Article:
Percy Edward Hart Professor in Biomedical Engineering & Associate Director, Research
BSc (Windsor), PhD (Western)
Research Stream: Molecular Engineering
Email: firstname.lastname@example.org | Tel: 416 581-7839 | Office: MaRS Discovery District, Princess Margaret Cancer Research Tower, 101 College Street, Room 10-361 (10th floor), Toronto, Ontario, M5G 1L7 Canada
- Institute of Biomaterials & Biomedical Engineering
- Scientist, Toronto General Research Institute, University Health Network
- Department of Physiology
Interaction between pancreatic islets and vascular endothelial cells is necessary for the maintenance of ß-cell mass and function. Aside from acting as a conduit for molecular oxygen, vascular endothelial cells in vivo secrete the majority of islet extracellular matrix (ECM). This ECM likely provides a permissive signal for ß-cell proliferation, contributing to the coordinated hyperplasia of these tissues during the early stages of Type 2 diabetes. This ECM also provides a reservoir for heparin binding growth factors that further modulate this hyperplasia, including fibroblast growth factor (FGF) and vascular endothelial growth factor-A (VEGF-A). We hypothesize that communication between ß-cells and vascular endothelial cells directs the proliferation and function of both tissues.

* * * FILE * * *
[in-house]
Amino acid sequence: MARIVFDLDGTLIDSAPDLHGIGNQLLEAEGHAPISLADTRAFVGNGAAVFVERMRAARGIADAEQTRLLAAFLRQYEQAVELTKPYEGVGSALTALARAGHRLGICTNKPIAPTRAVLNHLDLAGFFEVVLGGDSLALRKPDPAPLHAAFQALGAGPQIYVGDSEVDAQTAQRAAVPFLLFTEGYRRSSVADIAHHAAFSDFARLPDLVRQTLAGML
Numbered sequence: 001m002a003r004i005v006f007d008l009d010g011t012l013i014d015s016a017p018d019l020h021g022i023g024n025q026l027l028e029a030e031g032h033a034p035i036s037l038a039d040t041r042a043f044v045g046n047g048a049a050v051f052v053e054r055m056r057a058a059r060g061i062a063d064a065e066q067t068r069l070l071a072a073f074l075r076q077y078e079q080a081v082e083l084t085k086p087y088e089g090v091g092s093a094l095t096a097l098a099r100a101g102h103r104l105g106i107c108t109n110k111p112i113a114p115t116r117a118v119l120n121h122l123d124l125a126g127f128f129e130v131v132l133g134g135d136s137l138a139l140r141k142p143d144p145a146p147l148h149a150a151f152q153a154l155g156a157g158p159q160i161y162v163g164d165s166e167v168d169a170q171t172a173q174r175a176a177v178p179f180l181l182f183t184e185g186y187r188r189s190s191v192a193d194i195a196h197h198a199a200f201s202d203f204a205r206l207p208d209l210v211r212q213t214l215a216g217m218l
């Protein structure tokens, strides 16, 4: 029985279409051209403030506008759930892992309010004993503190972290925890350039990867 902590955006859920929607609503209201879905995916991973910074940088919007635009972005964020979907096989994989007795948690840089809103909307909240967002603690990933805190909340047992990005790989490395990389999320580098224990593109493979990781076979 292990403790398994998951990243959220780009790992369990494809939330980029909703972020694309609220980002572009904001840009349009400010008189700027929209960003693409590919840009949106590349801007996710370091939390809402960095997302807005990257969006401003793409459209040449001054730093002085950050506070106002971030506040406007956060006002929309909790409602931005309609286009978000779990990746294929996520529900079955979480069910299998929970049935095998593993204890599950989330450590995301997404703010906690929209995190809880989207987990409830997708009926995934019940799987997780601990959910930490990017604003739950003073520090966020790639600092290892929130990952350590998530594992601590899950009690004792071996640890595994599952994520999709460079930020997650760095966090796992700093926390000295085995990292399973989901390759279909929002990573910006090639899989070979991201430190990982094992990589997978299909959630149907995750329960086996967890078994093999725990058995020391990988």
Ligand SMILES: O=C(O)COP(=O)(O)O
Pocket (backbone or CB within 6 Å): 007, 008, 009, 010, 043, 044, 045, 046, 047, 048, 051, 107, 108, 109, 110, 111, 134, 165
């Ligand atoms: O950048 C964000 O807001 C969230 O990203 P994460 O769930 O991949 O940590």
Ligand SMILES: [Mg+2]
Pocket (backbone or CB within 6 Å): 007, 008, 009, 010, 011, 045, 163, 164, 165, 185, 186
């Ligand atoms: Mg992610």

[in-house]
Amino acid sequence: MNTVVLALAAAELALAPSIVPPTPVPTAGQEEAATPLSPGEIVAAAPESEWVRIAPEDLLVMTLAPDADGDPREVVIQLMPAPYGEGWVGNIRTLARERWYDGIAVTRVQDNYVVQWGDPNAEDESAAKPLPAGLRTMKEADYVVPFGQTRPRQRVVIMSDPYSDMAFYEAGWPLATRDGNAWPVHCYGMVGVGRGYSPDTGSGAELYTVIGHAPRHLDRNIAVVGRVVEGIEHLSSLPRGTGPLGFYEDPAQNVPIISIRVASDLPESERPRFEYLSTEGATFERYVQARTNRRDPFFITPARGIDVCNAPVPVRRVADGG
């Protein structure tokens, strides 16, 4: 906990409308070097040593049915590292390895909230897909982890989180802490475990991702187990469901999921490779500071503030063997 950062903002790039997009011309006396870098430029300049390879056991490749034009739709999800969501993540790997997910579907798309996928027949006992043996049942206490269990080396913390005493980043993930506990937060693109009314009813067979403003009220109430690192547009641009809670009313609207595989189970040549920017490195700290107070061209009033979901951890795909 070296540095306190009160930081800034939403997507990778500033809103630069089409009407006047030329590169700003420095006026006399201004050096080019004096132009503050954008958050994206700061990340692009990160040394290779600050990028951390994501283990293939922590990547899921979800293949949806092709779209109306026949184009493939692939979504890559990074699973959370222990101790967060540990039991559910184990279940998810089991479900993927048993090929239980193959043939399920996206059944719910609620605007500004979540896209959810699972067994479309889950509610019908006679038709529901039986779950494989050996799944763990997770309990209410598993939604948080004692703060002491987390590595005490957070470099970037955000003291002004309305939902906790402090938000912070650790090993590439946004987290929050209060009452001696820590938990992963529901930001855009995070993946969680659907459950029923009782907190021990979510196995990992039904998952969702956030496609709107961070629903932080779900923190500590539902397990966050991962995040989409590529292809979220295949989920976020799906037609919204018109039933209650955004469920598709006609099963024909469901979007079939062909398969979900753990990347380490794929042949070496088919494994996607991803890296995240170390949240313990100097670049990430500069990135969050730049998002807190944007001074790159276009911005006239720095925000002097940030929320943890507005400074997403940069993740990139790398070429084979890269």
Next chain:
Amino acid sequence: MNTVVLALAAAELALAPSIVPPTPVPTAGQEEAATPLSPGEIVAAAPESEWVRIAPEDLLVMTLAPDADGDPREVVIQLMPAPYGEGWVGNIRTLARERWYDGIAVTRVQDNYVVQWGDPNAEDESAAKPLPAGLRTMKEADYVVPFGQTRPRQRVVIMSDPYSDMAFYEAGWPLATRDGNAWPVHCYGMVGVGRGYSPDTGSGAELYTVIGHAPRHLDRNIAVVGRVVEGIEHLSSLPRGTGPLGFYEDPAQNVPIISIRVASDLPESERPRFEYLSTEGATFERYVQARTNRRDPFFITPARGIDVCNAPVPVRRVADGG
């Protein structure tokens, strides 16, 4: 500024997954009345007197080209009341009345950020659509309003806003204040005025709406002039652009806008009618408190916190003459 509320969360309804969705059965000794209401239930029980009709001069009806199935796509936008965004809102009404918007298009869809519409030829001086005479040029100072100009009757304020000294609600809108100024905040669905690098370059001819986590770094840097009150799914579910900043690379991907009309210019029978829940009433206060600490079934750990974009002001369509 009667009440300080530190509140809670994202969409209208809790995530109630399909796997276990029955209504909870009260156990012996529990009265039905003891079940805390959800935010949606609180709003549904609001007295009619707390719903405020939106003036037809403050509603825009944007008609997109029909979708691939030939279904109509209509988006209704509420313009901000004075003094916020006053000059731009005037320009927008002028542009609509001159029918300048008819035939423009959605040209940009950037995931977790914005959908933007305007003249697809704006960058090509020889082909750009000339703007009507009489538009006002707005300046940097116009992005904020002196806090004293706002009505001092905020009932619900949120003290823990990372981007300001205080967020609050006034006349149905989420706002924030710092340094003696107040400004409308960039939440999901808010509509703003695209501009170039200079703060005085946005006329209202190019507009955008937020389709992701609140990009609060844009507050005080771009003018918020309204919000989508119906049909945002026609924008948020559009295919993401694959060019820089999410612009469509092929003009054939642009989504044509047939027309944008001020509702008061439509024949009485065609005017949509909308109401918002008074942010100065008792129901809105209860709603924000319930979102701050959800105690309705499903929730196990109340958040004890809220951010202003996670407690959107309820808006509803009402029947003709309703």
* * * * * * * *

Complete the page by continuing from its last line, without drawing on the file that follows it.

To examine ß-cell–vascular endothelial cell interaction, my lab uses a number of cutting-edge techniques: two-photon excitation microscopy, confocal microcopy, microfluidics, and live cell imaging of fluorescent proteins. Current projects use cell culture and ex vivo pancreatic islet models. These studies will advance our understanding of pancreatic islet communication, with a specific focus on the communication between ß-cell and vascular endothelial cells through FGF/FGFR1-signaling.
Keywords: Pancreatic islet, FGF/FGFR, Extracellular matrix, Two-photon microscopy, Confocal microscopy, Quantitative Live cell imaging